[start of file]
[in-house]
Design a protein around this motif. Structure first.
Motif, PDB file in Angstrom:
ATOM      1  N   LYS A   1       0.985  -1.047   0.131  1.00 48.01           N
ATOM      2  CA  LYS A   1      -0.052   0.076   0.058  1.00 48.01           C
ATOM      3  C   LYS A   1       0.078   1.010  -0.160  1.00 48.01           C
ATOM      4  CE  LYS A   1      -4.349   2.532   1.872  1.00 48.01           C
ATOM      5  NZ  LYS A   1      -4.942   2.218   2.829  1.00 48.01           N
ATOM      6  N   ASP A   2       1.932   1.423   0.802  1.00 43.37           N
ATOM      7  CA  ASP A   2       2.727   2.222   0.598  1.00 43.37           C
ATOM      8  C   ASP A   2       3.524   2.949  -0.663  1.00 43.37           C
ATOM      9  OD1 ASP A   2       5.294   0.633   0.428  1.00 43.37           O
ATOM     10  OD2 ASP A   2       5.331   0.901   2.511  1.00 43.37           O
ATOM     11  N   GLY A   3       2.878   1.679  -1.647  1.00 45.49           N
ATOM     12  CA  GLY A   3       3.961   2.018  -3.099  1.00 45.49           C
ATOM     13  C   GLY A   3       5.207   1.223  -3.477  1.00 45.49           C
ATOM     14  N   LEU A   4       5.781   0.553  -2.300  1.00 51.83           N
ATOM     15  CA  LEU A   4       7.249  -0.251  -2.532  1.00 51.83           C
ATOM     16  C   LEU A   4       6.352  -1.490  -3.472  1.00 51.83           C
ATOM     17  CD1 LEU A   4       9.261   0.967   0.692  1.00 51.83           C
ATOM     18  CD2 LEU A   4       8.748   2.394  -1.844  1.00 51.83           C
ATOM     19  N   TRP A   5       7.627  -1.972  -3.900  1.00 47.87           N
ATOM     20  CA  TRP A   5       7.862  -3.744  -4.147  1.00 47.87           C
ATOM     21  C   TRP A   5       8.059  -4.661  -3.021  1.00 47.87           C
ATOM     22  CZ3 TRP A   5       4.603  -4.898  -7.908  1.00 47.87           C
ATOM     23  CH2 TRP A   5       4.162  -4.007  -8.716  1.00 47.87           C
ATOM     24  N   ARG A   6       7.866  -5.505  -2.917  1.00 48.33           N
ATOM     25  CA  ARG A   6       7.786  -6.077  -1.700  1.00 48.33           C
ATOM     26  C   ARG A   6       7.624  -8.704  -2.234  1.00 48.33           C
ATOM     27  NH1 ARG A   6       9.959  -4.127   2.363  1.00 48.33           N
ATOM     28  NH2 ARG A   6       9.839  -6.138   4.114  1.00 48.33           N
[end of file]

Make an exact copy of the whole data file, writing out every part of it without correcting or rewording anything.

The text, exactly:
[in-house]
Design a protein around this motif. Structure first.
Motif, PDB file in Angstrom:
ATOM      1  N   LYS A   1       0.985  -1.047   0.131  1.00 48.01           N
ATOM      2  CA  LYS A   1      -0.052   0.076   0.058  1.00 48.01           C
ATOM      3  C   LYS A   1       0.078   1.010  -0.160  1.00 48.01           C
ATOM      4  CE  LYS A   1      -4.349   2.532   1.872  1.00 48.01           C
ATOM      5  NZ  LYS A   1      -4.942   2.218   2.829  1.00 48.01           N
ATOM      6  N   ASP A   2       1.932   1.423   0.802  1.00 43.37           N
ATOM      7  CA  ASP A   2       2.727   2.222   0.598  1.00 43.37           C
ATOM      8  C   ASP A   2       3.524   2.949  -0.663  1.00 43.37           C
ATOM      9  OD1 ASP A   2       5.294   0.633   0.428  1.00 43.37           O
ATOM     10  OD2 ASP A   2       5.331   0.901   2.511  1.00 43.37           O
ATOM     11  N   GLY A   3       2.878   1.679  -1.647  1.00 45.49           N
ATOM     12  CA  GLY A   3       3.961   2.018  -3.099  1.00 45.49           C
ATOM     13  C   GLY A   3       5.207   1.223  -3.477  1.00 45.49           C
ATOM     14  N   LEU A   4       5.781   0.553  -2.300  1.00 51.83           N
ATOM     15  CA  LEU A   4       7.249  -0.251  -2.532  1.00 51.83           C
ATOM     16  C   LEU A   4       6.352  -1.490  -3.472  1.00 51.83           C
ATOM     17  CD1 LEU A   4       9.261   0.967   0.692  1.00 51.83           C
ATOM     18  CD2 LEU A   4       8.748   2.394  -1.844  1.00 51.83           C
ATOM     19  N   TRP A   5       7.627  -1.972  -3.900  1.00 47.87           N
ATOM     20  CA  TRP A   5       7.862  -3.744  -4.147  1.00 47.87           C
ATOM     21  C   TRP A   5       8.059  -4.661  -3.021  1.00 47.87           C
ATOM     22  CZ3 TRP A   5       4.603  -4.898  -7.908  1.00 47.87           C
ATOM     23  CH2 TRP A   5       4.162  -4.007  -8.716  1.00 47.87           C
ATOM     24  N   ARG A   6       7.866  -5.505  -2.917  1.00 48.33           N
ATOM     25  CA  ARG A   6       7.786  -6.077  -1.700  1.00 48.33           C
ATOM     26  C   ARG A   6       7.624  -8.704  -2.234  1.00 48.33           C
ATOM     27  NH1 ARG A   6       9.959  -4.127   2.363  1.00 48.33           N
ATOM     28  NH2 ARG A   6       9.839  -6.138   4.114  1.00 48.33           N